The alleged inventive step in the patent application was Methyl (up) and Fluoro (down) at the 2’ position of nucleoside. It was argued by the Sankalp and the other Opponents that looking at the prior art set out in the application itself it would be obvious to the person skilled in the art to do what the patent applicant had done.

On hearing the pre-grant oppositions afresh, the Dy. Controller of Patents passed an order granting patent to the application related to Sofosbuvir on May 9, 2016. Contending that this order was not passed in accordance with the settled principles of law, Sankalp Rehabilitation Trust filed a writ before the Delhi High Court. Sankalp challenged the order of the Dy. Controller on the ground that the order was passed without taking into account relevant considerations, without applying the established principles of law and in violation of principles of natural justice. Another writ petition challenging the order granting the patent has been filed by the Delhi Network of Positive People and IMAK.

In the meantime the District Court of Northern District of California, San Jose Division, Merck & Co., Inc. had filed an infringement suit against Gilead. Merck had claimed that Gilead’s Sovaldi, particularly the feature of Methyl (up) and Fluoro (down) at the 2’ position of the nucleoside, infringed two of Merck’s patents (namely US 7,105,499 and US 8,481,712). Gilead failed to disprove the claim of infringement as it was unable to show that Merck’s patents did not teach Methyl (up) and Fluoro (down) at the 2’ position of nucleoside. In March, 2016 the jury found that Gilead infringed Merck’s patent awarded damages worth USD 200 million to Merck. The clear conclusion from the proceedings in the US is that Gilead’s Sovaldi was enabled by Merck’s patents US ’499 and US ’712. The Delhi Network of Positive People and IMAK and brought the US proceeding to the notice of the Dy. Patent Controller.

Sankalp, in its petition has pleaded that had the Dy. Controller taken into account this order (which he has failed to), he would have come to the conclusion that Gilead’s application is not eligible for a patent as it is obvious due to the teaching of Merck’s patents.

Gilead had also amended its patent application after the hearing and before the decision of the Dy. Patent Controller. Patent claims are that part of a patent application that defines the exact features of the invention that are sought to be protected. A patent applicant is allowed to amend these claims by way of disclaimer, correction or explanation. However, amendment to the claims is not allowed if the amendment is beyond the content of the matter disclosed in the patent application. In January, 2016 the Dy. Controller of Patents had heard the opposition against Gilead’s application on a set of 16 claims. After two months of the hearing of pre-grant oppositions, Gilead amended the claims of the application relating to Sofosbuvir at the Indian Patent Office, bringing down the total number of claims to 8. Sankalp in its petition has stated the amendments are substantive in nature and not such that merely narrows the scope of the claims. It is Sankalp’s case that by failing to notify the opponents of such amendment, the Dy. Controller of Patents has violated the principles of natural justice.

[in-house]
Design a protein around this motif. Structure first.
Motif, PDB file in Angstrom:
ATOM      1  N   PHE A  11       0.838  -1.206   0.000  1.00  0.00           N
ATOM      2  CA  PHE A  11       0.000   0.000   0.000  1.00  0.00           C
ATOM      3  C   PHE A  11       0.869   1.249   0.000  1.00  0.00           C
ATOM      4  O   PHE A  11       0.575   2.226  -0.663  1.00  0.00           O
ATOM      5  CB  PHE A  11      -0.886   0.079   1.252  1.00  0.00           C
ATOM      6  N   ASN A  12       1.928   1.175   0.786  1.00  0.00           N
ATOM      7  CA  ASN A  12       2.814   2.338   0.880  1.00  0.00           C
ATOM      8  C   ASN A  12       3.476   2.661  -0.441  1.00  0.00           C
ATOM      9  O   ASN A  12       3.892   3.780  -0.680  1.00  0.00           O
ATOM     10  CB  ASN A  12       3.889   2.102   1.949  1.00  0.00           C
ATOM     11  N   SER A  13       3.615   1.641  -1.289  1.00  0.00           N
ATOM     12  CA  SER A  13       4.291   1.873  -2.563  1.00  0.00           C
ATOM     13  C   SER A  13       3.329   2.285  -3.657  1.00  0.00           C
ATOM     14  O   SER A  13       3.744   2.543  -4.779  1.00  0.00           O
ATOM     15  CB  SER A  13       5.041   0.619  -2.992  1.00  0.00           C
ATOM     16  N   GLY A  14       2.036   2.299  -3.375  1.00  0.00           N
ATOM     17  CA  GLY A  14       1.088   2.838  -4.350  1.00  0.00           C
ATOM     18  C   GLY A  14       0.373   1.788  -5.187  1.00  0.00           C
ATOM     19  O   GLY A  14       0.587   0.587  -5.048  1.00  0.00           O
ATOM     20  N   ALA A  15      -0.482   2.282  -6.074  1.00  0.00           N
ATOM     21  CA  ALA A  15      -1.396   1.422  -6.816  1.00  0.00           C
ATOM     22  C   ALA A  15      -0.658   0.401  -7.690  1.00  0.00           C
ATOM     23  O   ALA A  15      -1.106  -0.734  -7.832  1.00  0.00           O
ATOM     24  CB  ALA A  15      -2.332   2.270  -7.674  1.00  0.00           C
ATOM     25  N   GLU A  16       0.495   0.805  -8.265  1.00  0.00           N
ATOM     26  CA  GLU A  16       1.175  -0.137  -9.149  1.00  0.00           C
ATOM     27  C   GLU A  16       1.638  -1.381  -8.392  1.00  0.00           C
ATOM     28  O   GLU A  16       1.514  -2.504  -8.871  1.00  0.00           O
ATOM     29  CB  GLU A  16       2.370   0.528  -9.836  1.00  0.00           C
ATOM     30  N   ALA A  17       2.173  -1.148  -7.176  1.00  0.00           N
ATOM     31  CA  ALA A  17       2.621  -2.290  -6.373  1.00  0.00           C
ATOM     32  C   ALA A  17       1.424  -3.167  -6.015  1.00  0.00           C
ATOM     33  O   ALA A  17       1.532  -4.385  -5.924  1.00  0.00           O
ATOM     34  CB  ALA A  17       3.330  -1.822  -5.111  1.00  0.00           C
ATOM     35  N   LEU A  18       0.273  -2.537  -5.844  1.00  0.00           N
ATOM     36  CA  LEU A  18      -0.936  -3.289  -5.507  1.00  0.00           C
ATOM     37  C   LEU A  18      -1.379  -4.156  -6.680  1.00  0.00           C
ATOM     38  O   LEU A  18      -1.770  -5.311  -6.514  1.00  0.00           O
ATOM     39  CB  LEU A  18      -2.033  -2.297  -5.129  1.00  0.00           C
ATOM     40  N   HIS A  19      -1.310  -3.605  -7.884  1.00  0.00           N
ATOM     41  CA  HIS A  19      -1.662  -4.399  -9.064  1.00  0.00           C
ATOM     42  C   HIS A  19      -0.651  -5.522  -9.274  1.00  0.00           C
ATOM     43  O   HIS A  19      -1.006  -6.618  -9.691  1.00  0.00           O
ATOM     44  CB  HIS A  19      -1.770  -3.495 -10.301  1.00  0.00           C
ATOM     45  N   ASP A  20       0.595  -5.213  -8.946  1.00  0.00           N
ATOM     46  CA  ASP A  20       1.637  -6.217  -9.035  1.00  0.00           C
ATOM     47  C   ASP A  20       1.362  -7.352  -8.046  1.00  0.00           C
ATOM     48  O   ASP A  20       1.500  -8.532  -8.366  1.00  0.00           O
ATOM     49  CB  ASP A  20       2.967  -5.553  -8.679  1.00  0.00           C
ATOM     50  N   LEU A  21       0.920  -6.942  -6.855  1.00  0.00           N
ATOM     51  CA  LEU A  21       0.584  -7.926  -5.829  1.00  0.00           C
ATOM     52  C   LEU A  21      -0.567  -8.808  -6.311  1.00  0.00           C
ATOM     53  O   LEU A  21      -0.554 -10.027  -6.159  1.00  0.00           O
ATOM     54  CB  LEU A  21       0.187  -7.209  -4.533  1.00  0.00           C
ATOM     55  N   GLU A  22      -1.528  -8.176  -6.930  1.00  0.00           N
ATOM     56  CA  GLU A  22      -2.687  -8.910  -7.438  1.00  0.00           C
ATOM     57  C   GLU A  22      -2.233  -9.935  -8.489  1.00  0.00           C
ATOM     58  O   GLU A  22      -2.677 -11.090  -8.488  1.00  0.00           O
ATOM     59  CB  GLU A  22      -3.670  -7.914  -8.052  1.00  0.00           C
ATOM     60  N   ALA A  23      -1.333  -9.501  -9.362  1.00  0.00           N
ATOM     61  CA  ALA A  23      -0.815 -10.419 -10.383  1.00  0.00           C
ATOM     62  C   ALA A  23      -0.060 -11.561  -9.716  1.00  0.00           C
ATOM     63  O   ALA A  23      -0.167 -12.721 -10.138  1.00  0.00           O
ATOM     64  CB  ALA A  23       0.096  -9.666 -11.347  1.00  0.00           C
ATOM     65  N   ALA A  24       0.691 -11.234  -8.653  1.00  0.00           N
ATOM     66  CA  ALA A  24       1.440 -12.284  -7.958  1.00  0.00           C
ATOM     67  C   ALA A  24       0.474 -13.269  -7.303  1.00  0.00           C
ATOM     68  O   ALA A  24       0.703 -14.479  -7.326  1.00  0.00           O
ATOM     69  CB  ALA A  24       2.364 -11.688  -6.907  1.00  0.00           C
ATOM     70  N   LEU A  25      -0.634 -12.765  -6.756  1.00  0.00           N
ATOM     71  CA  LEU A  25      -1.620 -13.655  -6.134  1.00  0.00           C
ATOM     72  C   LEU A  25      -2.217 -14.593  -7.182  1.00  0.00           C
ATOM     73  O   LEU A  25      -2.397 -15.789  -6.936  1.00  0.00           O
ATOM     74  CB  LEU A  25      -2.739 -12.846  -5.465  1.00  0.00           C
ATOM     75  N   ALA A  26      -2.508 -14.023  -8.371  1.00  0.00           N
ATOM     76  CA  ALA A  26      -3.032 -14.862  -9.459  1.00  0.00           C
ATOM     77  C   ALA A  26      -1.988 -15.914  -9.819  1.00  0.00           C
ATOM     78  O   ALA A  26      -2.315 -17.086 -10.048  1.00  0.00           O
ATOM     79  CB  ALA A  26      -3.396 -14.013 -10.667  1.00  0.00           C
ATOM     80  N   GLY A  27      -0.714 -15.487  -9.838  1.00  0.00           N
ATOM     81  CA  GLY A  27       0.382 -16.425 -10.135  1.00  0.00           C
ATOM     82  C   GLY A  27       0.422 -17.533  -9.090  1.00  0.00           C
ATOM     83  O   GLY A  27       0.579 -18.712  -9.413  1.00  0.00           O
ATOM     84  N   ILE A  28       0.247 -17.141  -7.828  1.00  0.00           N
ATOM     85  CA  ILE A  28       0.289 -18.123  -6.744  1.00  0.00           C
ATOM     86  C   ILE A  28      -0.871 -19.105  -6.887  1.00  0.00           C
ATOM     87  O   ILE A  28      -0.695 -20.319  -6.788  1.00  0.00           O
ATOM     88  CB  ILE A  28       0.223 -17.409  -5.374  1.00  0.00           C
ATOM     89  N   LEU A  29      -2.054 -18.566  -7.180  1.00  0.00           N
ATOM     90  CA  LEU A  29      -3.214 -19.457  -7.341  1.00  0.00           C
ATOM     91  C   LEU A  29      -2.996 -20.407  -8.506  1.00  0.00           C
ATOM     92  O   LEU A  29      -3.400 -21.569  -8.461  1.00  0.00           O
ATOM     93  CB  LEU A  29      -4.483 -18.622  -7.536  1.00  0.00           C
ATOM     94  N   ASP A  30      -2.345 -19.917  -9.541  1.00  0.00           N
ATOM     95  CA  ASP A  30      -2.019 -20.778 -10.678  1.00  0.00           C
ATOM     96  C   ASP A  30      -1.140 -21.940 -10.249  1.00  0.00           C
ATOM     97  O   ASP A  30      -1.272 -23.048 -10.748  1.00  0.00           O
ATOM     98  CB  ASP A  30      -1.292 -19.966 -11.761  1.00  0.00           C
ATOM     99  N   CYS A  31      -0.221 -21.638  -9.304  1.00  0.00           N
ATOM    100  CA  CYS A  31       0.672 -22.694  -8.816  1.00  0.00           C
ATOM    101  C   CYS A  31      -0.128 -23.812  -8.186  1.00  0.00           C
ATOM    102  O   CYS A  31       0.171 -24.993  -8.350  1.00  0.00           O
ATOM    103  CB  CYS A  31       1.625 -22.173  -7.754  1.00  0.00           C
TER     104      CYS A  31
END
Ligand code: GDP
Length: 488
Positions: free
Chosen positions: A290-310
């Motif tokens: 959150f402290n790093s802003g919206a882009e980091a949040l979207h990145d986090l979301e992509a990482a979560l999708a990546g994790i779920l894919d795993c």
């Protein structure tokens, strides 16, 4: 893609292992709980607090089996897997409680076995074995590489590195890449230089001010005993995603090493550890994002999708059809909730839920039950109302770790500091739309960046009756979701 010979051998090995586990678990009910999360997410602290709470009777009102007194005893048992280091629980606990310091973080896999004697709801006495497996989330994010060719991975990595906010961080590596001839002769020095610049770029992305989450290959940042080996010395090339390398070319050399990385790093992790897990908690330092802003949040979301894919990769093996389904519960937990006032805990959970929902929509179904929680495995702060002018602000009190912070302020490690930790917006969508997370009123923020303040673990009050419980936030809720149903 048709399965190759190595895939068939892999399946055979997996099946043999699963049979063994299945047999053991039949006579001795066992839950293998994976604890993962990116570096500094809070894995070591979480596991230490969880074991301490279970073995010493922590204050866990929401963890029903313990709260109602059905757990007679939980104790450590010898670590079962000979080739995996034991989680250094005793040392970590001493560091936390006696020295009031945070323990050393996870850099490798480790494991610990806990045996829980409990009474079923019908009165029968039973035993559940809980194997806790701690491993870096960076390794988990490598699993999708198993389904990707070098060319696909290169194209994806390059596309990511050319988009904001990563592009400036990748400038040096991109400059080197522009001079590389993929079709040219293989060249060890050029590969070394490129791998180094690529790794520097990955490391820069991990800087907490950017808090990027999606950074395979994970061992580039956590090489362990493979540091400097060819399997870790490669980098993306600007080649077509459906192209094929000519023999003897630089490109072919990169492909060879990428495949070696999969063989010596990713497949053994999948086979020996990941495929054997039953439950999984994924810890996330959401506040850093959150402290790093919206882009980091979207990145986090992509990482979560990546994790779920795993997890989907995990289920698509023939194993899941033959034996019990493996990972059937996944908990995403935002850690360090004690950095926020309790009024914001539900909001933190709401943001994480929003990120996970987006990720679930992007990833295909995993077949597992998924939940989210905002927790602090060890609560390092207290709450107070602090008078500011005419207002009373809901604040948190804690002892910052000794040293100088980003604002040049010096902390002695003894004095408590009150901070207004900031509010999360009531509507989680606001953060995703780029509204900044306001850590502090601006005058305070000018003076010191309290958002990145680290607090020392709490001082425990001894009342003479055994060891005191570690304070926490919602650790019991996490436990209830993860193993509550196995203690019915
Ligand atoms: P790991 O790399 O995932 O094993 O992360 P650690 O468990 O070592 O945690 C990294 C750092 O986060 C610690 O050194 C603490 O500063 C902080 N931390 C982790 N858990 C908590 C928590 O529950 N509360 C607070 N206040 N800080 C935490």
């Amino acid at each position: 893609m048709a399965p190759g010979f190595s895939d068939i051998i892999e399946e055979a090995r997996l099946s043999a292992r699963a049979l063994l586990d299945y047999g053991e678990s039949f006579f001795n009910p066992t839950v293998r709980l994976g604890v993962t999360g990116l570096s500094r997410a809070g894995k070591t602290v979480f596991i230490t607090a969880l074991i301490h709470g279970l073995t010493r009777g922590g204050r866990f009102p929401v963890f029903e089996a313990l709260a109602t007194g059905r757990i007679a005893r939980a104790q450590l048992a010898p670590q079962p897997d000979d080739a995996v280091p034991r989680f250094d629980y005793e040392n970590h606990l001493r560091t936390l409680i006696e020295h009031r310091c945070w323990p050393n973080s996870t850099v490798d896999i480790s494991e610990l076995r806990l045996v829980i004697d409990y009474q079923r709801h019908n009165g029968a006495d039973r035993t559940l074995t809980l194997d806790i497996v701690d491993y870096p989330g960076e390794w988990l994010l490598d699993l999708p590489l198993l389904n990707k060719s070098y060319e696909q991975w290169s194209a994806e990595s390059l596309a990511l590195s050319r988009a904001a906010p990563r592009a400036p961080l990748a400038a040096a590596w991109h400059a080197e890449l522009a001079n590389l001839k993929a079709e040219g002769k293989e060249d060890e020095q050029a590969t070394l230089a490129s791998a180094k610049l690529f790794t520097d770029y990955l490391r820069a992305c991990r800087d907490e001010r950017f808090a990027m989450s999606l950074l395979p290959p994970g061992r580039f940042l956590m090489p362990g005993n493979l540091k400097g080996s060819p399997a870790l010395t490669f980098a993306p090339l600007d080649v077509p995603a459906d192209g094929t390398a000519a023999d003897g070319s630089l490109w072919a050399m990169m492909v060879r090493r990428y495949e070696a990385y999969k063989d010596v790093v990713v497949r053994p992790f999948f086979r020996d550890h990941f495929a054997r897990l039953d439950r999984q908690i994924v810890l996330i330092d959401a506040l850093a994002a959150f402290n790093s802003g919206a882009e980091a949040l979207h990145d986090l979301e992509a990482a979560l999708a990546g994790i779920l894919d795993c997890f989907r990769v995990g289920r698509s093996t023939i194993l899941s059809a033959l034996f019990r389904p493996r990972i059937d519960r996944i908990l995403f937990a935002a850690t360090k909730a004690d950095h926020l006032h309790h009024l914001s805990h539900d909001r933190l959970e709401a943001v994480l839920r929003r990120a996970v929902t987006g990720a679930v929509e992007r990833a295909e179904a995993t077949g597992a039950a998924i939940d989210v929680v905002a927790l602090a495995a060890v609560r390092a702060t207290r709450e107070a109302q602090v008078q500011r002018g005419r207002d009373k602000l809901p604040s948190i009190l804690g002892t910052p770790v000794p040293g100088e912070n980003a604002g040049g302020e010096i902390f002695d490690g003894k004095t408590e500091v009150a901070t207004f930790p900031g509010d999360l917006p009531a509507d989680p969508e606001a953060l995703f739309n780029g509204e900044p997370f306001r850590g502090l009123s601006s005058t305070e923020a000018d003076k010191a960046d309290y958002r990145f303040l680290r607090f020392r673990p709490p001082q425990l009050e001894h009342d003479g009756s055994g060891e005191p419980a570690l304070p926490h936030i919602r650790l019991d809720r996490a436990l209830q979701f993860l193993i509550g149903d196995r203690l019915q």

Sankalp has also challenged the order granting the patent on the ground that the Dy. Controller has failed to apply the settled principles of law in determining obviousness. To determine whether an application is eligible for a patent, it has to be examined whether a person having ordinary skill in that particular technology would have developed the same invention by referring to material available to the public as on the date of filing the patent application, i.e. whether the invention is obvious. It is trite law that in determining obviousness the prior teachings are not to be looked at in isolation but different teachings may be put together to examine whether an alleged invention is obvious. It is Sankalp’s case that the order granting the patent has looked at the prior teachings in isolation, thereby not following the established principles of determining obviousness.

Brazil, China, Egypt and Ukraine have already rejected the patent application relating to Sofosbuvir. Will the Hepatitis C affected population in India have to wait till the expiry of the patent term to access affordable Sofosbuvir? Only time will tell.

 

Priyam Lizmary Cherian works as a Legal Officer at Lawyers Collective.